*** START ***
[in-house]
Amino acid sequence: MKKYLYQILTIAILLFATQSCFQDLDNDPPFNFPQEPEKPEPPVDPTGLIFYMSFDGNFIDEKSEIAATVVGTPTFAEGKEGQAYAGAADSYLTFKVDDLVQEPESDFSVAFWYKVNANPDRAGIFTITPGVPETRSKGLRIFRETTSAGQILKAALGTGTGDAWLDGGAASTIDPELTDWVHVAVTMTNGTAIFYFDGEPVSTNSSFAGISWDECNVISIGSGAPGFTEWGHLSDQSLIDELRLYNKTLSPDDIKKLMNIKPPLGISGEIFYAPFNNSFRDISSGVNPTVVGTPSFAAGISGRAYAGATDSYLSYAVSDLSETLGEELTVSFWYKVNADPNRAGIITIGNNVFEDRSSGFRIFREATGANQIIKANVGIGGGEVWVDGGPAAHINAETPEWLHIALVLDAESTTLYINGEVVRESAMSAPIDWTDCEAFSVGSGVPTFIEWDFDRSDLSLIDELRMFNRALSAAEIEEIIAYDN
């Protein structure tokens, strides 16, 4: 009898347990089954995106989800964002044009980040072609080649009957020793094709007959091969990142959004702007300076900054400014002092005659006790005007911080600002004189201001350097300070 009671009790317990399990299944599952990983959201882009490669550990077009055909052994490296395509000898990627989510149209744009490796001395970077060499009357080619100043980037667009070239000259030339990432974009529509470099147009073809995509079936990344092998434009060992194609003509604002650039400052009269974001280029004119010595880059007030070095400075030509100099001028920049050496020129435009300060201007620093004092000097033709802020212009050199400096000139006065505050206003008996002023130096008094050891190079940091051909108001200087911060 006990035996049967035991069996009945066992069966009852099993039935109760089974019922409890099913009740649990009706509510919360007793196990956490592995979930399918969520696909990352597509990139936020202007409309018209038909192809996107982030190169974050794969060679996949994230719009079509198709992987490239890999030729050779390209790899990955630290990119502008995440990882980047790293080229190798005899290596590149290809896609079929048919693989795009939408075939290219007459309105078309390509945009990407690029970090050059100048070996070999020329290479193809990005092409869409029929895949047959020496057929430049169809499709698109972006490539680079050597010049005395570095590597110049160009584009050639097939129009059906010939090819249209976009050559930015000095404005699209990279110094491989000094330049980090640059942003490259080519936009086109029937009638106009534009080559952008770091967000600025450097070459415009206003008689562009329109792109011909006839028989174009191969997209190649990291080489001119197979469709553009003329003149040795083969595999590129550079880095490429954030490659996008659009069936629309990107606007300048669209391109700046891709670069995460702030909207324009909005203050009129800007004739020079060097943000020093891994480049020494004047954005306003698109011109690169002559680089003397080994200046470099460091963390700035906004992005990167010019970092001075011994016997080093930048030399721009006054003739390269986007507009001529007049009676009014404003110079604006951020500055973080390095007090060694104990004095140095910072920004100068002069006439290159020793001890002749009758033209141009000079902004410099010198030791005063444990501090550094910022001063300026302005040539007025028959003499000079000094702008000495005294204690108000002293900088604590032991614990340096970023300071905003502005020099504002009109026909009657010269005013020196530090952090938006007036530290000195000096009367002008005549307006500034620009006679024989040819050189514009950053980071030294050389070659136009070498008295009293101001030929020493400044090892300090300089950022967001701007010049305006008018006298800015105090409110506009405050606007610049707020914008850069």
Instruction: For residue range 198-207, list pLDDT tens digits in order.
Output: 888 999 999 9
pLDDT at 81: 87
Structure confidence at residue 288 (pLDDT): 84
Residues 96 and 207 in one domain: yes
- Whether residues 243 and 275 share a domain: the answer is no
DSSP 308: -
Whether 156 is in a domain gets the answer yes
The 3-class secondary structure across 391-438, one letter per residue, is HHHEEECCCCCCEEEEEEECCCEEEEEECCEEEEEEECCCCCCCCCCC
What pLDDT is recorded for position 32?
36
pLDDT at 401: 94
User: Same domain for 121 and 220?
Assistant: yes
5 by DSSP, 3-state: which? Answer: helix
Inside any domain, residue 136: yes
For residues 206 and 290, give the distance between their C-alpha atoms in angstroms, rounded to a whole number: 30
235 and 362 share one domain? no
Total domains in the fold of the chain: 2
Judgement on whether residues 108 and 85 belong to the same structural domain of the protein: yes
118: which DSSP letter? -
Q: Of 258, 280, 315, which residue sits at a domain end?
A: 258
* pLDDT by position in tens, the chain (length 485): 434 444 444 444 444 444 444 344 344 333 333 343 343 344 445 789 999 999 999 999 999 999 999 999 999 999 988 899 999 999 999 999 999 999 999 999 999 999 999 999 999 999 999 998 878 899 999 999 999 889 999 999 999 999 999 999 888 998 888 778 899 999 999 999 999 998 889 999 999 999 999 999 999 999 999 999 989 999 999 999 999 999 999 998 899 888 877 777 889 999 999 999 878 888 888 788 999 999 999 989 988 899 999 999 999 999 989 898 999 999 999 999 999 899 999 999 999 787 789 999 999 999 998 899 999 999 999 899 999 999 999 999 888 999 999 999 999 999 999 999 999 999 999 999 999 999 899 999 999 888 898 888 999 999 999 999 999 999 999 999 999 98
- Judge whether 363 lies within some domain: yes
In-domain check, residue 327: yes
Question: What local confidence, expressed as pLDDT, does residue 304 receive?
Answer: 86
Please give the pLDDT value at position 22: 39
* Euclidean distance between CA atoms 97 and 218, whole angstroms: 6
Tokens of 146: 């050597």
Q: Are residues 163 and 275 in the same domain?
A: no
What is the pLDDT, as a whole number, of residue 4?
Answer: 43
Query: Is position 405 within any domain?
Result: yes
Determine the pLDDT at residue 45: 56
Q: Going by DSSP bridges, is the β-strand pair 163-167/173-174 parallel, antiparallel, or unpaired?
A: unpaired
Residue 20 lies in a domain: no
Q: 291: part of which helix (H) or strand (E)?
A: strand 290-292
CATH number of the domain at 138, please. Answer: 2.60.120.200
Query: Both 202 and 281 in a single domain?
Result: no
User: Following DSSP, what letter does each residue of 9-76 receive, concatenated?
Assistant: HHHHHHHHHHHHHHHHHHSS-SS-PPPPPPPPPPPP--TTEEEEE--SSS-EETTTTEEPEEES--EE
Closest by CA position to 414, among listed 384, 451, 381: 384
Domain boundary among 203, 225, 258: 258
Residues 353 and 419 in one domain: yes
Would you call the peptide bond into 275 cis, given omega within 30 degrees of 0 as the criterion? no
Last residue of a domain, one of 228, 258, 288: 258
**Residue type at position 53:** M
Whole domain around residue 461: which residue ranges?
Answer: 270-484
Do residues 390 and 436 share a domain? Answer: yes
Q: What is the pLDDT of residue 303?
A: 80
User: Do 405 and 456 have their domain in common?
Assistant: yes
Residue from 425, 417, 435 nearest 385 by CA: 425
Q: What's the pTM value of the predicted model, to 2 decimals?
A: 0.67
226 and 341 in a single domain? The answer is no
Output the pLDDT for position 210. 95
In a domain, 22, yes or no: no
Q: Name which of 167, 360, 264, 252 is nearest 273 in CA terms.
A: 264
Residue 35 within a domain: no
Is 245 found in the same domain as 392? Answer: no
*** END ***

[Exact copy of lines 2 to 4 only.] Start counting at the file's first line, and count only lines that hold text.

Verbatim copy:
Amino acid sequence: MKKYLYQILTIAILLFATQSCFQDLDNDPPFNFPQEPEKPEPPVDPTGLIFYMSFDGNFIDEKSEIAATVVGTPTFAEGKEGQAYAGAADSYLTFKVDDLVQEPESDFSVAFWYKVNANPDRAGIFTITPGVPETRSKGLRIFRETTSAGQILKAALGTGTGDAWLDGGAASTIDPELTDWVHVAVTMTNGTAIFYFDGEPVSTNSSFAGISWDECNVISIGSGAPGFTEWGHLSDQSLIDELRLYNKTLSPDDIKKLMNIKPPLGISGEIFYAPFNNSFRDISSGVNPTVVGTPSFAAGISGRAYAGATDSYLSYAVSDLSETLGEELTVSFWYKVNADPNRAGIITIGNNVFEDRSSGFRIFREATGANQIIKANVGIGGGEVWVDGGPAAHINAETPEWLHIALVLDAESTTLYINGEVVRESAMSAPIDWTDCEAFSVGSGVPTFIEWDFDRSDLSLIDELRMFNRALSAAEIEEIIAYDN
């Protein structure tokens, strides 16, 4: 009898347990089954995106989800964002044009980040072609080649009957020793094709007959091969990142959004702007300076900054400014002092005659006790005007911080600002004189201001350097300070 009671009790317990399990299944599952990983959201882009490669550990077009055909052994490296395509000898990627989510149209744009490796001395970077060499009357080619100043980037667009070239000259030339990432974009529509470099147009073809995509079936990344092998434009060992194609003509604002650039400052009269974001280029004119010595880059007030070095400075030509100099001028920049050496020129435009300060201007620093004092000097033709802020212009050199400096000139006065505050206003008996002023130096008094050891190079940091051909108001200087911060 006990035996049967035991069996009945066992069966009852099993039935109760089974019922409890099913009740649990009706509510919360007793196990956490592995979930399918969520696909990352597509990139936020202007409309018209038909192809996107982030190169974050794969060679996949994230719009079509198709992987490239890999030729050779390209790899990955630290990119502008995440990882980047790293080229190798005899290596590149290809896609079929048919693989795009939408075939290219007459309105078309390509945009990407690029970090050059100048070996070999020329290479193809990005092409869409029929895949047959020496057929430049169809499709698109972006490539680079050597010049005395570095590597110049160009584009050639097939129009059906010939090819249209976009050559930015000095404005699209990279110094491989000094330049980090640059942003490259080519936009086109029937009638106009534009080559952008770091967000600025450097070459415009206003008689562009329109792109011909006839028989174009191969997209190649990291080489001119197979469709553009003329003149040795083969595999590129550079880095490429954030490659996008659009069936629309990107606007300048669209391109700046891709670069995460702030909207324009909005203050009129800007004739020079060097943000020093891994480049020494004047954005306003698109011109690169002559680089003397080994200046470099460091963390700035906004992005990167010019970092001075011994016997080093930048030399721009006054003739390269986007507009001529007049009676009014404003110079604006951020500055973080390095007090060694104990004095140095910072920004100068002069006439290159020793001890002749009758033209141009000079902004410099010198030791005063444990501090550094910022001063300026302005040539007025028959003499000079000094702008000495005294204690108000002293900088604590032991614990340096970023300071905003502005020099504002009109026909009657010269005013020196530090952090938006007036530290000195000096009367002008005549307006500034620009006679024989040819050189514009950053980071030294050389070659136009070498008295009293101001030929020493400044090892300090300089950022967001701007010049305006008018006298800015105090409110506009405050606007610049707020914008850069």
Instruction: For residue range 198-207, list pLDDT tens digits in order.